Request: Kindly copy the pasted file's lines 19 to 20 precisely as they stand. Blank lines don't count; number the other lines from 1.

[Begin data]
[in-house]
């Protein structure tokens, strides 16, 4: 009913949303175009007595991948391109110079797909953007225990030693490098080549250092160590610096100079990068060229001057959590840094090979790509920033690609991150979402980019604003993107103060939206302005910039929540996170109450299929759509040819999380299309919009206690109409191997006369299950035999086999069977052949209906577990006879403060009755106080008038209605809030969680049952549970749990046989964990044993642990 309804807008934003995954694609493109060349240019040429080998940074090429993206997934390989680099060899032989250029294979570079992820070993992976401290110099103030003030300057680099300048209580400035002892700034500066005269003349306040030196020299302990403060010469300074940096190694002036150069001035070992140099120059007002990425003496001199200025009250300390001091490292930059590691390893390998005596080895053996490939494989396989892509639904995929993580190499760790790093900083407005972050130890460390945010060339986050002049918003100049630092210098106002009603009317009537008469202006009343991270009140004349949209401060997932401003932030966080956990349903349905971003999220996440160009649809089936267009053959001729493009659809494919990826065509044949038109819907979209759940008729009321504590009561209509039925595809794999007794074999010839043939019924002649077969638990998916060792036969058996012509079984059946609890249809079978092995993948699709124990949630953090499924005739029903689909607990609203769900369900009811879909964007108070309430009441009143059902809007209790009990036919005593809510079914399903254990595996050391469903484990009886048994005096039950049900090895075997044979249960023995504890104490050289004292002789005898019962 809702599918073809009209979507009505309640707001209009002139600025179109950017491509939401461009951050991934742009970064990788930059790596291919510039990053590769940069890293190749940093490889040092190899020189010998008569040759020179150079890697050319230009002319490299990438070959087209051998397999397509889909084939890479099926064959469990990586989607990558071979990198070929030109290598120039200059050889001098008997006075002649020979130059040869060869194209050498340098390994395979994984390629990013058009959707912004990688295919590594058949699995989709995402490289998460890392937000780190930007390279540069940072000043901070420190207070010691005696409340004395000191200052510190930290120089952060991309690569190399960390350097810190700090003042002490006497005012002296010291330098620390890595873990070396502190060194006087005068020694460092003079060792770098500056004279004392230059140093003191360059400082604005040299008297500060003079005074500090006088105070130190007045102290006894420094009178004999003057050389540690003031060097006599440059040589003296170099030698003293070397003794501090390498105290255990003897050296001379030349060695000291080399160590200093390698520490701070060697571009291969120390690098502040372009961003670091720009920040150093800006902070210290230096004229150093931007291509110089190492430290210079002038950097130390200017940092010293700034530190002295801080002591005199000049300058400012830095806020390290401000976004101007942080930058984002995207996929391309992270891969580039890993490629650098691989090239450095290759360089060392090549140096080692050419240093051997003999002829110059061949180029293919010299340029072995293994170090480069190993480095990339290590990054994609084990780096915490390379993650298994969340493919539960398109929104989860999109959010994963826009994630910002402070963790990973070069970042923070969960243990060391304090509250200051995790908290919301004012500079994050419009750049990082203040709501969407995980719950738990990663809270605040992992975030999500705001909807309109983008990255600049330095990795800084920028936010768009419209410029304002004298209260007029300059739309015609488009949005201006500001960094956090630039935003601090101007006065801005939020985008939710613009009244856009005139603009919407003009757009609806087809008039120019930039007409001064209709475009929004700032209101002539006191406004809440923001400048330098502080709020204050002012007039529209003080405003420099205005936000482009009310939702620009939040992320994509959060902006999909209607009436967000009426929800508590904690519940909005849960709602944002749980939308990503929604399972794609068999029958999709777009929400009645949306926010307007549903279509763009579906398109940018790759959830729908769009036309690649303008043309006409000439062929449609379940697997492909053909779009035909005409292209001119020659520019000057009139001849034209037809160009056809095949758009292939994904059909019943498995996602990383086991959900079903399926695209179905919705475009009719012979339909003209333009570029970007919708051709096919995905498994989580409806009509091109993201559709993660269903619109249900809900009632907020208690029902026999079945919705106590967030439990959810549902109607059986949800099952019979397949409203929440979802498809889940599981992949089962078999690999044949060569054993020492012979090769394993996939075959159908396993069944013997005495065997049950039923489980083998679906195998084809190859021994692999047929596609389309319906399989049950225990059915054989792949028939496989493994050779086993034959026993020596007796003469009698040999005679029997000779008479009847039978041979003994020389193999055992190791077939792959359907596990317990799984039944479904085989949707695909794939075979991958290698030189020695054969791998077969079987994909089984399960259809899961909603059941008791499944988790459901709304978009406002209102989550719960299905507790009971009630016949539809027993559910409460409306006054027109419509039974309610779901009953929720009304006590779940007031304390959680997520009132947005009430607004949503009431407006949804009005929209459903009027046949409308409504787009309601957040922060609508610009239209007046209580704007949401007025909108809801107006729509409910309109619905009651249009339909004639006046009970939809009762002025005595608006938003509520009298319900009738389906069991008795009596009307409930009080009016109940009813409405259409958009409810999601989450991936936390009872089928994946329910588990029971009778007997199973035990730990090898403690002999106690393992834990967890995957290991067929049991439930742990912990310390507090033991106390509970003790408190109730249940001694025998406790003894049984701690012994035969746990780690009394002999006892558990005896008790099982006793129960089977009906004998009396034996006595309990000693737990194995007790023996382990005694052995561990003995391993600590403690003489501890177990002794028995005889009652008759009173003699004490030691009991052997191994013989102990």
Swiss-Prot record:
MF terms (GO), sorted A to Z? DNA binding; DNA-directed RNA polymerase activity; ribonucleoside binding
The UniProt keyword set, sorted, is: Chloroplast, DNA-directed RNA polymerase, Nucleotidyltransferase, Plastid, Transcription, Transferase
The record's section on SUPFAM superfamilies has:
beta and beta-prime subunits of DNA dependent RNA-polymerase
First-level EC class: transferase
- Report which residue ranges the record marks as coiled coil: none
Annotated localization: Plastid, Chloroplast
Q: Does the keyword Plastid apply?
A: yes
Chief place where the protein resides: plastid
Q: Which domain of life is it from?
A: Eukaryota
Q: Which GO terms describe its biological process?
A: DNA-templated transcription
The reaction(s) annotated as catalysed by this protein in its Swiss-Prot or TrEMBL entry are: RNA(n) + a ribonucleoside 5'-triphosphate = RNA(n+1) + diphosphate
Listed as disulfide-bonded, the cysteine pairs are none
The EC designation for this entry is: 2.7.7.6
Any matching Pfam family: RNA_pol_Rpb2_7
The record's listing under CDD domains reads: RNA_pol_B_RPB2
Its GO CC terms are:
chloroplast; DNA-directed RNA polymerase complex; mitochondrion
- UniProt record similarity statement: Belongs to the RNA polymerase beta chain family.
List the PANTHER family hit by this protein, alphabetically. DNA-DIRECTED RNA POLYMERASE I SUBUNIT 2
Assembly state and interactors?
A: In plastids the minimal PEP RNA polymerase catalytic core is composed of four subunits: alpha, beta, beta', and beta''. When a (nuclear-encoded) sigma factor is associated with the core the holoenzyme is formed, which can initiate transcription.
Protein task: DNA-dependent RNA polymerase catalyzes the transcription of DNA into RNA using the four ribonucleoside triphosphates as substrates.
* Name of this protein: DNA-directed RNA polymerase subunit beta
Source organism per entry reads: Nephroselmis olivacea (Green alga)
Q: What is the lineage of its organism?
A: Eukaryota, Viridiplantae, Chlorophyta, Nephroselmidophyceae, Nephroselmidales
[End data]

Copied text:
Listed as disulfide-bonded, the cysteine pairs are none
The EC designation for this entry is: 2.7.7.6